Better, Not Bitter
The Power of Hope and Living on Purpose
This inspirational memoir serves as a call to action from prison reform activist Yusef Salaam, of the Exonerated Five, that will inspire us all to turn our stories into tools for change in the pursuit of racial justice.
They didn't know who they had.
So begins Yusef Salaam, telling his whole story for the first time: of resilience in the face of one of the gravest miscarriages of justice. Despite having confronted the racist heart of America, Yusef channeled his energy and pain into self-determination and positivity. During his seven years of wrongful incarceration as one of the Central Park Five, Yusef gained a spiritual perspective on life, realizing that we are all “born on purpose, with a purpose.”
Better, Not Bitter is the inspirational story of a young man growing up in central Harlem in the '80s, the failure of America's criminal justice system, of being vilified by a nation. But during his years of incarceration, Yusef discovered the power of art and faith, and of holding on to the person you know you are, which gave him the strength to survive, and helped him through reentry and exoneration.
Yusef's journey inspires us to accept our own path, to discover our own sense of purpose. His intimate insights help unpack the racist design of systems built for profit and oppression of Black and Brown people. This motivational memoir urges us to channel fury into action, and to turn anger and trauma into a constructive force to enact change in one’s own life and for a better future.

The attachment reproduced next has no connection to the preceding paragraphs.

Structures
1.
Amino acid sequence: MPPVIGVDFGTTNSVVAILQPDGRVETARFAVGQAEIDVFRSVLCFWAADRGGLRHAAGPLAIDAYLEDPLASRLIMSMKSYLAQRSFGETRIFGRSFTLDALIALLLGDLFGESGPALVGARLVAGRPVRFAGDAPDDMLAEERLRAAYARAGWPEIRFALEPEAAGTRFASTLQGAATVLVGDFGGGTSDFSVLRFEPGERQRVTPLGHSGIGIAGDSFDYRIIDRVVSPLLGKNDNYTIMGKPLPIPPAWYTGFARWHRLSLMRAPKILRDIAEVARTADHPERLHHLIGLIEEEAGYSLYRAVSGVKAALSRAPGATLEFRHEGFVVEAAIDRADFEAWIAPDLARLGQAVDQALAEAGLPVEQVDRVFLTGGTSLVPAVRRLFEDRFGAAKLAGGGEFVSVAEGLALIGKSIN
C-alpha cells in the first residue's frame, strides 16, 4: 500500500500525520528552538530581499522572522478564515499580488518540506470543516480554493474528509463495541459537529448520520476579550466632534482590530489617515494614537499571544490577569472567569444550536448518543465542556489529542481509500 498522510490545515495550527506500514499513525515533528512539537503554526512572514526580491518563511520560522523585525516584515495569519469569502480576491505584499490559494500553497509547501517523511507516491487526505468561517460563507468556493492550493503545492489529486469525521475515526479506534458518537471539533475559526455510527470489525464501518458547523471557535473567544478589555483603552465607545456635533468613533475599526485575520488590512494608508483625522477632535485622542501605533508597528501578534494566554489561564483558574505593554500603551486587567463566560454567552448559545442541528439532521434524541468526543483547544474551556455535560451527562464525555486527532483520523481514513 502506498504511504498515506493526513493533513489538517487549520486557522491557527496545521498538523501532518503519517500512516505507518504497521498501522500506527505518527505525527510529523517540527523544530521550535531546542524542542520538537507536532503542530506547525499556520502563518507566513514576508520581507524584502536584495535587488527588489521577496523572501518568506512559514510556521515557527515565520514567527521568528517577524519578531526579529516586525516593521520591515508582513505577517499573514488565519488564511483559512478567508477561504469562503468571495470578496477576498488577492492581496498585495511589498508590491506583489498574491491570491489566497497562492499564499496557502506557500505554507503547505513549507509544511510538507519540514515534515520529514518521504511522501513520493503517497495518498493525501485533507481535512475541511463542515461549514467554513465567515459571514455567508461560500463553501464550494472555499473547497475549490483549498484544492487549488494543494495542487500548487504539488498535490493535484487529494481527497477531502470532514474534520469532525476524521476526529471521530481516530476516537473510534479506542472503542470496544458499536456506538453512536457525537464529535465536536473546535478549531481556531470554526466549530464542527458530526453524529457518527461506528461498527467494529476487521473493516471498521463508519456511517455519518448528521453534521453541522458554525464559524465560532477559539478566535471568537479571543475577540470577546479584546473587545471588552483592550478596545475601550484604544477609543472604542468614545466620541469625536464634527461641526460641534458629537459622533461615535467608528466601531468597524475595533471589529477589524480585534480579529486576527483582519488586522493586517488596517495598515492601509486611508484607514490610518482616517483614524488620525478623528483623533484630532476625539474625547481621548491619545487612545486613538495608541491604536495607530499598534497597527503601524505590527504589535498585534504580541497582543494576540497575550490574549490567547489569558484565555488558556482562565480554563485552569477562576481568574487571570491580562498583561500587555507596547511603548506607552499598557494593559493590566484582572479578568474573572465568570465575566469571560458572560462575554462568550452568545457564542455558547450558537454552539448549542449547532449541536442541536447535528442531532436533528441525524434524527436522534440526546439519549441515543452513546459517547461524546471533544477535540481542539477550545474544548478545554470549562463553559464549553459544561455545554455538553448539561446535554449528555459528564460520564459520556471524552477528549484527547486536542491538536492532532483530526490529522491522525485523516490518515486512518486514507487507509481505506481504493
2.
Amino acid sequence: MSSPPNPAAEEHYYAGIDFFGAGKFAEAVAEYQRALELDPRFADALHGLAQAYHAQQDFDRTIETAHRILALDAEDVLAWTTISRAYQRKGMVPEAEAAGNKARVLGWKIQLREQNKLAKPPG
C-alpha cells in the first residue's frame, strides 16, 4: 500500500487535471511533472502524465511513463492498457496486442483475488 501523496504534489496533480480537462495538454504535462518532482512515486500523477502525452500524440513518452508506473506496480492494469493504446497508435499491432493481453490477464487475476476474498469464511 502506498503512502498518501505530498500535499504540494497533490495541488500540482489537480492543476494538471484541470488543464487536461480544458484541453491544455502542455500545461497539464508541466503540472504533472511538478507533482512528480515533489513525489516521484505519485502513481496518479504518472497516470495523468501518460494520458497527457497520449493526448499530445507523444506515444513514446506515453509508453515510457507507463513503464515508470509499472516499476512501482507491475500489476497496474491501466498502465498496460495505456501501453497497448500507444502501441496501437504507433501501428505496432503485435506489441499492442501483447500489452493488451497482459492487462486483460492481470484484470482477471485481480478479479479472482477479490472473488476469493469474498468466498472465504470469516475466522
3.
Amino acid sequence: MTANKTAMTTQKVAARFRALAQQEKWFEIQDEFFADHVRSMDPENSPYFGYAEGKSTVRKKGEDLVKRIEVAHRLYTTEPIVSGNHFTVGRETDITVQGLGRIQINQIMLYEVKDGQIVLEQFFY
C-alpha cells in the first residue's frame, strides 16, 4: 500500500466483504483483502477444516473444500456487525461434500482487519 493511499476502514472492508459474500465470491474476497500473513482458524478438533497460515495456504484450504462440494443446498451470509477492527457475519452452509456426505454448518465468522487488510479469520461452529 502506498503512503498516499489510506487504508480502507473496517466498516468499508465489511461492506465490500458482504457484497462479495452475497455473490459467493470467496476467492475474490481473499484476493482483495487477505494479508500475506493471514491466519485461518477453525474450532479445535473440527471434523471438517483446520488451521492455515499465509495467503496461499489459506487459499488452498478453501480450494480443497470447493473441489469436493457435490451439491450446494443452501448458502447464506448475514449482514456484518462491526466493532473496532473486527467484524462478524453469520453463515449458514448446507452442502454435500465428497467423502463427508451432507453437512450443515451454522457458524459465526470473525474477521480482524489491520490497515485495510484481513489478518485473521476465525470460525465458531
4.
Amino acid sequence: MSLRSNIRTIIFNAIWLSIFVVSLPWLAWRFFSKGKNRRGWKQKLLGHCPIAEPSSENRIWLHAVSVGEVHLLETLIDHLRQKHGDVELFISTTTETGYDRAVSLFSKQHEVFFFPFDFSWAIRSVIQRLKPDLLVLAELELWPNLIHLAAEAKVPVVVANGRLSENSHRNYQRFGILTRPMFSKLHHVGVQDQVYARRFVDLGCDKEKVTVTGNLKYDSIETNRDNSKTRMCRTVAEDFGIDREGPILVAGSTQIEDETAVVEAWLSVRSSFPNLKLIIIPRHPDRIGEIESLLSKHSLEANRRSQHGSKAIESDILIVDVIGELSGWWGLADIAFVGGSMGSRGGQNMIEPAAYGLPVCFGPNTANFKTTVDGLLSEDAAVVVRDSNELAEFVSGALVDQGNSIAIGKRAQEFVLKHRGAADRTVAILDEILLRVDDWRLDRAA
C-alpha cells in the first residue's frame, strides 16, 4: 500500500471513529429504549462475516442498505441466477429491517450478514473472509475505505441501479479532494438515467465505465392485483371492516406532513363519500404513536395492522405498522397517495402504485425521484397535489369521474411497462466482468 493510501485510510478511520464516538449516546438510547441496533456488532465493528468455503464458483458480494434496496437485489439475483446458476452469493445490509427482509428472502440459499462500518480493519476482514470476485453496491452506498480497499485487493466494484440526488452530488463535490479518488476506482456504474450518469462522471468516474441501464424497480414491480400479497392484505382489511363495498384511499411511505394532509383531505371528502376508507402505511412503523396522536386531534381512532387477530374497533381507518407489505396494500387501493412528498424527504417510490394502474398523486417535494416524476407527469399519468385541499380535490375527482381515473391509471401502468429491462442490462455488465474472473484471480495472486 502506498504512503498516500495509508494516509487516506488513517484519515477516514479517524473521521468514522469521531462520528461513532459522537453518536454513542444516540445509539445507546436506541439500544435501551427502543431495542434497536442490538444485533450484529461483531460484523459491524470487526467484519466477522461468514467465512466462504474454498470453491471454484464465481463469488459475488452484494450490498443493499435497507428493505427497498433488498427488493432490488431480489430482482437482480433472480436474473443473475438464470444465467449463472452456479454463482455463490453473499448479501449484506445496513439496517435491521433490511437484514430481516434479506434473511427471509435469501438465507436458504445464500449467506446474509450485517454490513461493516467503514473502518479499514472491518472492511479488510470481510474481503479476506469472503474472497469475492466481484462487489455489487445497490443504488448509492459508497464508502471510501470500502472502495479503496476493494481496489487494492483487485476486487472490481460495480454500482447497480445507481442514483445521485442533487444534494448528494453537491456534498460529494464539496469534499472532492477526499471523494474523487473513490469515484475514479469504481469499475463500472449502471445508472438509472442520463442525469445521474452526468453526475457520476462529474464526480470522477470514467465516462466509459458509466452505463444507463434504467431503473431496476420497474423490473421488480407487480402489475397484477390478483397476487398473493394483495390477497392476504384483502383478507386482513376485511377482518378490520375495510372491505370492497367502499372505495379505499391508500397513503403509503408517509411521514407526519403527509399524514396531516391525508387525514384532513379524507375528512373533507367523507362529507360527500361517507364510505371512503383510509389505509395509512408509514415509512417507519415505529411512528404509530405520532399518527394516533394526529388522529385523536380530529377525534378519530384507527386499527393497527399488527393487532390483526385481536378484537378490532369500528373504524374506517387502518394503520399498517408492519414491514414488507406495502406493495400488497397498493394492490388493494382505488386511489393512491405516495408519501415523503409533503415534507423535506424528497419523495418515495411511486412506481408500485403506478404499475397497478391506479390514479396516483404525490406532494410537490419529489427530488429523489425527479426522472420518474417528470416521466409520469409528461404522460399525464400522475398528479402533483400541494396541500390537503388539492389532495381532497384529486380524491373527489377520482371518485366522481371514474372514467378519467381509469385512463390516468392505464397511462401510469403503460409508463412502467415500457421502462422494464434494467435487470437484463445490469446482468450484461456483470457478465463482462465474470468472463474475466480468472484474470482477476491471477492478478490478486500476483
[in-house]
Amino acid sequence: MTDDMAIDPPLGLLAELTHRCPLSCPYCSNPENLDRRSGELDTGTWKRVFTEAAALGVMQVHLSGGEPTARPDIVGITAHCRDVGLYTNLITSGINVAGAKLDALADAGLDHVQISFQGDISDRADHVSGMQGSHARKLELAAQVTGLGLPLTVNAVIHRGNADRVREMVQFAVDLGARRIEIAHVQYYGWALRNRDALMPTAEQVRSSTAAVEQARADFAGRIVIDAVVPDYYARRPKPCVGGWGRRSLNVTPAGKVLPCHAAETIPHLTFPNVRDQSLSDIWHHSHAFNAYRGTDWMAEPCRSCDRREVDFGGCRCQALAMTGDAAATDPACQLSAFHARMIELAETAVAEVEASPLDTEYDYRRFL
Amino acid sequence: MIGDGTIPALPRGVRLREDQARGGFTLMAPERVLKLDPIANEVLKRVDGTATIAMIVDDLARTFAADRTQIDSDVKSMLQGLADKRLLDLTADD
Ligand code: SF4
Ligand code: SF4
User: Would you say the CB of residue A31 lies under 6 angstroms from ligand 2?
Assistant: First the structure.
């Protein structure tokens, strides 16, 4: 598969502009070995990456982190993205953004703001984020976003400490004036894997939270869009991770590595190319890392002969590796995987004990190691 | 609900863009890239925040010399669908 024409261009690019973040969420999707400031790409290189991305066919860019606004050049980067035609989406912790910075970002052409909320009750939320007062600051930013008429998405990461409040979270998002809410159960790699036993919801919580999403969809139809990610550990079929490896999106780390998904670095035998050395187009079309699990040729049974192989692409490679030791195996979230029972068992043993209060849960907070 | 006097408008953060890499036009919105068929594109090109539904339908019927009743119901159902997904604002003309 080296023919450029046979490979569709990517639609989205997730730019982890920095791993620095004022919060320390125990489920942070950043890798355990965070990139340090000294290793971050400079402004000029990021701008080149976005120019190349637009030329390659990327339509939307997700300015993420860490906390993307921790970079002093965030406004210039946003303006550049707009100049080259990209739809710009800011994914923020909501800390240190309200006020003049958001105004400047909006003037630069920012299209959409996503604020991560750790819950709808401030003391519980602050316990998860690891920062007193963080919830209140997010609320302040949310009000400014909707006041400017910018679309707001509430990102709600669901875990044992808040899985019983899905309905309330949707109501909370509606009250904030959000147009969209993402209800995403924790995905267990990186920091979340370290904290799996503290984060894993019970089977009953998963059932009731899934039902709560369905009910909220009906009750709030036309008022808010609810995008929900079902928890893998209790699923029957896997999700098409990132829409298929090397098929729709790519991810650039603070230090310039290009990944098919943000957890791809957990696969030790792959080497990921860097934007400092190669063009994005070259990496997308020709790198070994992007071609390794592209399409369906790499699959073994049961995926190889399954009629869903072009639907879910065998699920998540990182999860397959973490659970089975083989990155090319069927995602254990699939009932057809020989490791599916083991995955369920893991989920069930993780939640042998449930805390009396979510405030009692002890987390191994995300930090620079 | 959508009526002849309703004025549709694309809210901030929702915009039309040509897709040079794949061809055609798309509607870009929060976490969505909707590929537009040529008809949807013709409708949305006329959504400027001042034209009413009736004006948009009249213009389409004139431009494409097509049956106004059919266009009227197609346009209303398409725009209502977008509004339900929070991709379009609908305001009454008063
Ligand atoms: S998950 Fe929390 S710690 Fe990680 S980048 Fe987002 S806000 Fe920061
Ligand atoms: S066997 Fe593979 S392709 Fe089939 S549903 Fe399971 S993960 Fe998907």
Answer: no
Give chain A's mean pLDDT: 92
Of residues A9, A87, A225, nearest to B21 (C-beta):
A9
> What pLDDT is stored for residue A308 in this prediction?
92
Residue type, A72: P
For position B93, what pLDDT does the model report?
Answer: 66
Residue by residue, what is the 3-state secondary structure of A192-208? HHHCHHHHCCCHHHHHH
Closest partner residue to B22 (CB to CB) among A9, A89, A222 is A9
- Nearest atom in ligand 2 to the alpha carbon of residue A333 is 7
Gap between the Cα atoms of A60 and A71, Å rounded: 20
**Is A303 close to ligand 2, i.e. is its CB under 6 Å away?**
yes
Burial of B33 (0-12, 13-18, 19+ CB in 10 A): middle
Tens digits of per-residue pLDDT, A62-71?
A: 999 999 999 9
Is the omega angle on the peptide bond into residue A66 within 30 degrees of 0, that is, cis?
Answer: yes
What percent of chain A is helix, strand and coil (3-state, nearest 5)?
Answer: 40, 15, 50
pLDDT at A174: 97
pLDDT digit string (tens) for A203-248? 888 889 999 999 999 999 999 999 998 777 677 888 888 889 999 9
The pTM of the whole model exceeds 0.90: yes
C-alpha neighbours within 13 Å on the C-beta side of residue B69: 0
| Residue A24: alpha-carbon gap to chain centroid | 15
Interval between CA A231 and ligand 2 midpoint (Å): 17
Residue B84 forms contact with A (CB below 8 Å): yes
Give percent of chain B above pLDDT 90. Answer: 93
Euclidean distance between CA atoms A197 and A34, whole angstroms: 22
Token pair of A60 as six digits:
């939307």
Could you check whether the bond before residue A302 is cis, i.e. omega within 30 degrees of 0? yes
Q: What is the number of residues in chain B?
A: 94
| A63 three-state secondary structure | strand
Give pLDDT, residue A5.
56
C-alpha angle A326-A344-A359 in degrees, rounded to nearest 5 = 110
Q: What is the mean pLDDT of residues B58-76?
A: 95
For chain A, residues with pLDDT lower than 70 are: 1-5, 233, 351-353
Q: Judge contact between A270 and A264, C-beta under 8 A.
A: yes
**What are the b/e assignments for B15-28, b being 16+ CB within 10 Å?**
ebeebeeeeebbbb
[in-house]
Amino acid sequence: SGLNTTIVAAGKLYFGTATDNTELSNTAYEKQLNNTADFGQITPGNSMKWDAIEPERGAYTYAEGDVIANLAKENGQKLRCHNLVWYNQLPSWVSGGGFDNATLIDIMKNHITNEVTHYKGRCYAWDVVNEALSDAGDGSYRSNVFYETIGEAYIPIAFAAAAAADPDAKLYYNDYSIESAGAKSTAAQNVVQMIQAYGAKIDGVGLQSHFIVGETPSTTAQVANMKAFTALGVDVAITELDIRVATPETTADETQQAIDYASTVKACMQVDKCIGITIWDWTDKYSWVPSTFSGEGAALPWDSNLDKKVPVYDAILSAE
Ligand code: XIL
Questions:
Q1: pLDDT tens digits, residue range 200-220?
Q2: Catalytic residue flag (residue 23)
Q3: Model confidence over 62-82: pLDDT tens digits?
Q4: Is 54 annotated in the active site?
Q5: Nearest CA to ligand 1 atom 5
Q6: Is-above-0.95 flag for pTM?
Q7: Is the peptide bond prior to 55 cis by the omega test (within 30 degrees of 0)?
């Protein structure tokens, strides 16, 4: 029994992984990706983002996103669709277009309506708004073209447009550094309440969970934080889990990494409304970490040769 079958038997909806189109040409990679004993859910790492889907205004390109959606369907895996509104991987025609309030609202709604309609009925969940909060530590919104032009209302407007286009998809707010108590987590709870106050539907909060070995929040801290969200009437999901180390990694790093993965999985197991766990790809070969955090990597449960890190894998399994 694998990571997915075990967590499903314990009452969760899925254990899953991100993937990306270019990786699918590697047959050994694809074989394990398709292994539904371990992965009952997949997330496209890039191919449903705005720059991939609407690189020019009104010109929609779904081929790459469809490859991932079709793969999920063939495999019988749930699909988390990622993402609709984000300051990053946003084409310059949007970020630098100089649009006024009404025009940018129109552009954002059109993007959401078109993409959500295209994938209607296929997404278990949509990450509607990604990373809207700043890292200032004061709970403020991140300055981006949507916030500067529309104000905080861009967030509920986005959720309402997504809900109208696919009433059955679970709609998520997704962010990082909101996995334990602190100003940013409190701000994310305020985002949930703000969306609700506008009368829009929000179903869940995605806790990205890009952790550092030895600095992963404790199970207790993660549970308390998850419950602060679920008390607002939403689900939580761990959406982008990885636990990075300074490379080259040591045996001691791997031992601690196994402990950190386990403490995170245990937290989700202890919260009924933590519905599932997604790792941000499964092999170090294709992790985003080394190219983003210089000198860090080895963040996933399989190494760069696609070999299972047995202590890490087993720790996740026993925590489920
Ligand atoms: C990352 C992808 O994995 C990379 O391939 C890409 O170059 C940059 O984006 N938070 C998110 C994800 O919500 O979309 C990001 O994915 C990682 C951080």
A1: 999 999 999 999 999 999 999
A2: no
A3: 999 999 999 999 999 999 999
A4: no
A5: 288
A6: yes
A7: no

“Warm, generous, and inspirational: a book for everyone.”—Kirkus
“Salaam is able to convey hope and humor while illuminating the many ways violence thrives. Better, Not Bitter is a wake-up call that urges readers to "dream again" and to recognize the ways in which they've been imprisoned—whether in a physical prison, or by racism, capitalism, health issues or other societal ills and injustices.”—Shelf Awareness
"Better Not Bitter is equal parts, a luminous journey of awakening, and an indictment of a system that swallows boys and girls whole, only to spit out their broken bones. It is an urgent and poetic treatise on the human spirit’s ability to make itself whole again over and over. I cried for the little boy who was imprisoned, and rejoiced for the man who emerged years later as a battle tested warrior for justice.”—Shaka Senghor, New York Time bestselling author of Writing my Wrongs
“An uplifting and hopeful book.”—Booklist